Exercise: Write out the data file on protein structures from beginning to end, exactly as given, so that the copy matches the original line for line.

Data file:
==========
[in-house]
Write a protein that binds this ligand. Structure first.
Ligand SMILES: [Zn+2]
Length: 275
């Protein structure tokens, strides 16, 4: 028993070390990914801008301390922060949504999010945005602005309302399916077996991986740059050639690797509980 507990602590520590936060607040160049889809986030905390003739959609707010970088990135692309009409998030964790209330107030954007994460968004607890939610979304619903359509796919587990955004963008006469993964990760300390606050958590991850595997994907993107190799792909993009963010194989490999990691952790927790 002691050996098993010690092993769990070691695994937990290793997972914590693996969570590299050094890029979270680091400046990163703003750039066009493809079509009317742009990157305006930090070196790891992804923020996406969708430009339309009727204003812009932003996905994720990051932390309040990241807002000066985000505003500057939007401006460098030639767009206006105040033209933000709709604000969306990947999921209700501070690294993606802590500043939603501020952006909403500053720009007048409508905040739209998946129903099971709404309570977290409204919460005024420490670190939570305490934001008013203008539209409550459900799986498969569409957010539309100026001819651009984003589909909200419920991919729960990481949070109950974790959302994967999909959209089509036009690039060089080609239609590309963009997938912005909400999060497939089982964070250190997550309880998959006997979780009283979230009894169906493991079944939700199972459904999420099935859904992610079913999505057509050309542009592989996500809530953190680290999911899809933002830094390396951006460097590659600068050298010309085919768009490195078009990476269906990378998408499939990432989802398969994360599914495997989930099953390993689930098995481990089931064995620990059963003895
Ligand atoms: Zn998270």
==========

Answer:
[in-house]
Write a protein that binds this ligand. Structure first.
Ligand SMILES: [Zn+2]
Length: 275
């Protein structure tokens, strides 16, 4: 028993070390990914801008301390922060949504999010945005602005309302399916077996991986740059050639690797509980 507990602590520590936060607040160049889809986030905390003739959609707010970088990135692309009409998030964790209330107030954007994460968004607890939610979304619903359509796919587990955004963008006469993964990760300390606050958590991850595997994907993107190799792909993009963010194989490999990691952790927790 002691050996098993010690092993769990070691695994937990290793997972914590693996969570590299050094890029979270680091400046990163703003750039066009493809079509009317742009990157305006930090070196790891992804923020996406969708430009339309009727204003812009932003996905994720990051932390309040990241807002000066985000505003500057939007401006460098030639767009206006105040033209933000709709604000969306990947999921209700501070690294993606802590500043939603501020952006909403500053720009007048409508905040739209998946129903099971709404309570977290409204919460005024420490670190939570305490934001008013203008539209409550459900799986498969569409957010539309100026001819651009984003589909909200419920991919729960990481949070109950974790959302994967999909959209089509036009690039060089080609239609590309963009997938912005909400999060497939089982964070250190997550309880998959006997979780009283979230009894169906493991079944939700199972459904999420099935859904992610079913999505057509050309542009592989996500809530953190680290999911899809933002830094390396951006460097590659600068050298010309085919768009490195078009990476269906990378998408499939990432989802398969994360599914495997989930099953390993689930098995481990089931064995620990059963003895
Ligand atoms: Zn998270």